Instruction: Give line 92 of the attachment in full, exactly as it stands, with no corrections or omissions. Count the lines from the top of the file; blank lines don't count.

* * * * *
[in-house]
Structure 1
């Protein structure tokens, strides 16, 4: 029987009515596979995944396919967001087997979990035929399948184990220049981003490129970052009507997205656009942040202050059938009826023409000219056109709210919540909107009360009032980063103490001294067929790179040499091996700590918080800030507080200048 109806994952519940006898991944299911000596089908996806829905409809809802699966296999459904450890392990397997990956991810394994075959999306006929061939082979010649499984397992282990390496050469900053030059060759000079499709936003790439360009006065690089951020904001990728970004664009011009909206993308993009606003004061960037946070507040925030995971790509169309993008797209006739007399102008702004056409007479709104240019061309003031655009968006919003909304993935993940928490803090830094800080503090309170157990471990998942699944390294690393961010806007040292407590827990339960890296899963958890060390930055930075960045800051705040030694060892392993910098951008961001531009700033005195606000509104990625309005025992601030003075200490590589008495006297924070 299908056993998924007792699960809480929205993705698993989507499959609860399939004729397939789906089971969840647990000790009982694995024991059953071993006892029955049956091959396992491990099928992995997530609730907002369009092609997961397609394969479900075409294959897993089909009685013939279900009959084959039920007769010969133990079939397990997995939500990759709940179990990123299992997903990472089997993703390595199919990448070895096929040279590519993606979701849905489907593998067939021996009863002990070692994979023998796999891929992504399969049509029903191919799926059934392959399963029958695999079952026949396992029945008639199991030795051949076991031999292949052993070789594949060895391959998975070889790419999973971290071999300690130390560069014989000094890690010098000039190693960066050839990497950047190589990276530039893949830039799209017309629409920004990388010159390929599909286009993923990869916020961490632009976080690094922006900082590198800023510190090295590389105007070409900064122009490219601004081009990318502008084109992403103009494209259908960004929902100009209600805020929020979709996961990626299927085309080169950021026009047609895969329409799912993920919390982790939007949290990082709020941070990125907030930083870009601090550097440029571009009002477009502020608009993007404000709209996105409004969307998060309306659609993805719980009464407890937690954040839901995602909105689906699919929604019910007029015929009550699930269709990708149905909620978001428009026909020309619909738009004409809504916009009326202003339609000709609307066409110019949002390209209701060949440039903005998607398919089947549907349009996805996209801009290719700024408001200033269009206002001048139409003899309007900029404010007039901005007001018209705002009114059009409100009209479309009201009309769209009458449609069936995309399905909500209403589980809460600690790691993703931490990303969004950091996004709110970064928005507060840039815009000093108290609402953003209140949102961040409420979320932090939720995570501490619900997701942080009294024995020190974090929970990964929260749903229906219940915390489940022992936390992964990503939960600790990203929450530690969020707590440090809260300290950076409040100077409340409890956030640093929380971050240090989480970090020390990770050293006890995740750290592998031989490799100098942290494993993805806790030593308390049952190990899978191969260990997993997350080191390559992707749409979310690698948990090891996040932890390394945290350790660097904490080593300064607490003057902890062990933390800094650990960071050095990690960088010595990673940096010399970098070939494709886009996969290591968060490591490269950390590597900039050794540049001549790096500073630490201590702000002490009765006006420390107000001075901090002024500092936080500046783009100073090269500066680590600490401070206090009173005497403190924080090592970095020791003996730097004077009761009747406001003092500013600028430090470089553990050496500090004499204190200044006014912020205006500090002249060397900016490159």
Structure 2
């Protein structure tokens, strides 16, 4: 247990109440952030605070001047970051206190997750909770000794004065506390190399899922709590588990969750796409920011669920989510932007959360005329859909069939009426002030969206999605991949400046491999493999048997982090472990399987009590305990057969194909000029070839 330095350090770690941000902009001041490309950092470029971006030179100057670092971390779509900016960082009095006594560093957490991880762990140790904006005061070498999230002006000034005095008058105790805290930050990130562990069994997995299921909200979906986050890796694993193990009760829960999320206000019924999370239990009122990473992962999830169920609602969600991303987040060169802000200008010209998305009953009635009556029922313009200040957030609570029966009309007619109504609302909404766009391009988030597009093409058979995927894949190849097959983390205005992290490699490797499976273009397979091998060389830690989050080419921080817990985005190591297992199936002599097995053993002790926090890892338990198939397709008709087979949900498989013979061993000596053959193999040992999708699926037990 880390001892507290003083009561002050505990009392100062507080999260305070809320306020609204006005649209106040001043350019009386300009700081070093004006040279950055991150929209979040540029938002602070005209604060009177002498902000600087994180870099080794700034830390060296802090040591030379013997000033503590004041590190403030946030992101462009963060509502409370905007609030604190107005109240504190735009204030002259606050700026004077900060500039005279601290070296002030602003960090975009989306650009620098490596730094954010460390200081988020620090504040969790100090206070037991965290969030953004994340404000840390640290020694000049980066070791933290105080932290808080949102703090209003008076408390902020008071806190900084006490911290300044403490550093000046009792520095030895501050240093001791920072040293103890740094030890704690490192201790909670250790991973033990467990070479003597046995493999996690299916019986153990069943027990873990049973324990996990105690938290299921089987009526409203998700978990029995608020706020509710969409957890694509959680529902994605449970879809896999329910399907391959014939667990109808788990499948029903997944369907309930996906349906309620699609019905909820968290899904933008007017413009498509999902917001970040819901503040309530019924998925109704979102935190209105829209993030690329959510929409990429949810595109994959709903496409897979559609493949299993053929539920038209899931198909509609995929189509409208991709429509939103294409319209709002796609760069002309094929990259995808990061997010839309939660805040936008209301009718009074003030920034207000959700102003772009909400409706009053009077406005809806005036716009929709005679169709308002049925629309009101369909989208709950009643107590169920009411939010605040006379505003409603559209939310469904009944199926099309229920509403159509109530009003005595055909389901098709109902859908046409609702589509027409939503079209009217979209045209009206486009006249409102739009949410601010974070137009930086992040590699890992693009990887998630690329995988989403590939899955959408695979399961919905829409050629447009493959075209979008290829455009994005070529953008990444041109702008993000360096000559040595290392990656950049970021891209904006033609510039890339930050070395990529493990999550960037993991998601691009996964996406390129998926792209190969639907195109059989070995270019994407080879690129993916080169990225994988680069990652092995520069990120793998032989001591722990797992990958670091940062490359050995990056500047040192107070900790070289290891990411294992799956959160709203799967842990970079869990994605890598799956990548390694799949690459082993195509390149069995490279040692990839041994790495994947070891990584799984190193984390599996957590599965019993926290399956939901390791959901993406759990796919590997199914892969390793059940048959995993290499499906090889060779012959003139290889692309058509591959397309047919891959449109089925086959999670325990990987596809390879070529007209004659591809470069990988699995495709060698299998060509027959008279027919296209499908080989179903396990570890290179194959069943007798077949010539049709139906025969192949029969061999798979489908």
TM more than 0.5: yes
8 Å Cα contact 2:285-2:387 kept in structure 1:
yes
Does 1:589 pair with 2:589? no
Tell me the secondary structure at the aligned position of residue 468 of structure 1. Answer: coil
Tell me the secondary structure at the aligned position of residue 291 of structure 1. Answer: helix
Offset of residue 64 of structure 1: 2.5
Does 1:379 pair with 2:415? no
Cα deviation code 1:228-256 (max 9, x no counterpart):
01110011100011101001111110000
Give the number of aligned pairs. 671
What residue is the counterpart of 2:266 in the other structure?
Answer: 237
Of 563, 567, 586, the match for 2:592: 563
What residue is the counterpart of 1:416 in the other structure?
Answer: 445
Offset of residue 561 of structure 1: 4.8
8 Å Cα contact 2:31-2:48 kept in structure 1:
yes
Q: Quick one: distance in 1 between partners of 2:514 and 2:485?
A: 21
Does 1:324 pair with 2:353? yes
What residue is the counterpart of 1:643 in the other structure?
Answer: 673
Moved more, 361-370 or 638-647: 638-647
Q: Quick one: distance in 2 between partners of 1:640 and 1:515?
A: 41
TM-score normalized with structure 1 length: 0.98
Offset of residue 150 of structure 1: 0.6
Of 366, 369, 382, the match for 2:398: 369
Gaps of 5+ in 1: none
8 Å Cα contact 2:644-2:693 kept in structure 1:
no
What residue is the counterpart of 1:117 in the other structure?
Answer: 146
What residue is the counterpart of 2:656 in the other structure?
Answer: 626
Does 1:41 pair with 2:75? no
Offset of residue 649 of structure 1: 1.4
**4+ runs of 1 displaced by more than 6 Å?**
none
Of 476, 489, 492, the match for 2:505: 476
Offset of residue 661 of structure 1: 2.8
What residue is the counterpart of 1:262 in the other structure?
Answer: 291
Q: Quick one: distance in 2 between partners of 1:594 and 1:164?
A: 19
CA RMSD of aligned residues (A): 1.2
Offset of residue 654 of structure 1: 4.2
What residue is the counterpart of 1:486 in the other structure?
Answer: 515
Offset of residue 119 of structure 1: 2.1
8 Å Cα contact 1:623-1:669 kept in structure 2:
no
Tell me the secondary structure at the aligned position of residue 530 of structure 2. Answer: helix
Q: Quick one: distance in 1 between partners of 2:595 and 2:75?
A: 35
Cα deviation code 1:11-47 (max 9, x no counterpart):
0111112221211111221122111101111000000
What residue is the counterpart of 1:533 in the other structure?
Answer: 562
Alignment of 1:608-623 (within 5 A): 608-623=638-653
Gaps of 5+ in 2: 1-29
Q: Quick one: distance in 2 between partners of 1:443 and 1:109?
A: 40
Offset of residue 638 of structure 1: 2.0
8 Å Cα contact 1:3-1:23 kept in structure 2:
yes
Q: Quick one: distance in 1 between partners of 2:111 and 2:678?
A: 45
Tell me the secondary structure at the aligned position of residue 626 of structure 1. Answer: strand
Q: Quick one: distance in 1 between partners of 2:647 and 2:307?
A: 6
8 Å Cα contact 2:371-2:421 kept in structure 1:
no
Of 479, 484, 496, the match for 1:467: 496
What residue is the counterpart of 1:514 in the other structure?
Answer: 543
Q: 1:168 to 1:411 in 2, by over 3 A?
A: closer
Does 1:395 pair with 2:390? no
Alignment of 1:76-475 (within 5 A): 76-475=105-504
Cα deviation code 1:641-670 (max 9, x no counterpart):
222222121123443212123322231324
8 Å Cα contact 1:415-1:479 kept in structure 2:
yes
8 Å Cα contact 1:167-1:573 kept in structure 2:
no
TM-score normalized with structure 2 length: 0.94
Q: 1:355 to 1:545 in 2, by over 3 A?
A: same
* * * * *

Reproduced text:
8 Å Cα contact 1:167-1:573 kept in structure 2: